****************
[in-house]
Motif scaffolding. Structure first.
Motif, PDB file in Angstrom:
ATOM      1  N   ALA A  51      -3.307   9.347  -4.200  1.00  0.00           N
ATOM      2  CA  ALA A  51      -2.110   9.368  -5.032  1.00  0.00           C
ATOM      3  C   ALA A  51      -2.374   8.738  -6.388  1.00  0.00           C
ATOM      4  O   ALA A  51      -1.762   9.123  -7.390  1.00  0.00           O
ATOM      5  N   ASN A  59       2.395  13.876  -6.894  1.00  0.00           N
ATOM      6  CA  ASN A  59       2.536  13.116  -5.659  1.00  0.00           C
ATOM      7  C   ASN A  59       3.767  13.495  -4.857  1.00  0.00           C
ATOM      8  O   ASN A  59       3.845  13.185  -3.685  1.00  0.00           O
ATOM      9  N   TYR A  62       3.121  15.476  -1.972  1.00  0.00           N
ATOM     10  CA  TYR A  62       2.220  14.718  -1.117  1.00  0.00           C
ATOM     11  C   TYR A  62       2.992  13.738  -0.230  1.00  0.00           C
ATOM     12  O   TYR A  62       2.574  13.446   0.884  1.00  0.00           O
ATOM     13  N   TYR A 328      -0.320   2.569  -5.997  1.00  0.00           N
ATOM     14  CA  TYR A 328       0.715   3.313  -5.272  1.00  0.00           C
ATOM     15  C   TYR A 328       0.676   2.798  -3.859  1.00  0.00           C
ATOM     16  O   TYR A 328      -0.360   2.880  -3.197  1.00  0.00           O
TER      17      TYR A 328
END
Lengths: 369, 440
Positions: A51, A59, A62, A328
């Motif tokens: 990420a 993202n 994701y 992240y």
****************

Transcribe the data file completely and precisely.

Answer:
[in-house]
Motif scaffolding. Structure first.
Motif, PDB file in Angstrom:
ATOM      1  N   ALA A  51      -3.307   9.347  -4.200  1.00  0.00           N
ATOM      2  CA  ALA A  51      -2.110   9.368  -5.032  1.00  0.00           C
ATOM      3  C   ALA A  51      -2.374   8.738  -6.388  1.00  0.00           C
ATOM      4  O   ALA A  51      -1.762   9.123  -7.390  1.00  0.00           O
ATOM      5  N   ASN A  59       2.395  13.876  -6.894  1.00  0.00           N
ATOM      6  CA  ASN A  59       2.536  13.116  -5.659  1.00  0.00           C
ATOM      7  C   ASN A  59       3.767  13.495  -4.857  1.00  0.00           C
ATOM      8  O   ASN A  59       3.845  13.185  -3.685  1.00  0.00           O
ATOM      9  N   TYR A  62       3.121  15.476  -1.972  1.00  0.00           N
ATOM     10  CA  TYR A  62       2.220  14.718  -1.117  1.00  0.00           C
ATOM     11  C   TYR A  62       2.992  13.738  -0.230  1.00  0.00           C
ATOM     12  O   TYR A  62       2.574  13.446   0.884  1.00  0.00           O
ATOM     13  N   TYR A 328      -0.320   2.569  -5.997  1.00  0.00           N
ATOM     14  CA  TYR A 328       0.715   3.313  -5.272  1.00  0.00           C
ATOM     15  C   TYR A 328       0.676   2.798  -3.859  1.00  0.00           C
ATOM     16  O   TYR A 328      -0.360   2.880  -3.197  1.00  0.00           O
TER      17      TYR A 328
END
Lengths: 369, 440
Positions: A51, A59, A62, A328
């Motif tokens: 990420a 993202n 994701y 992240y």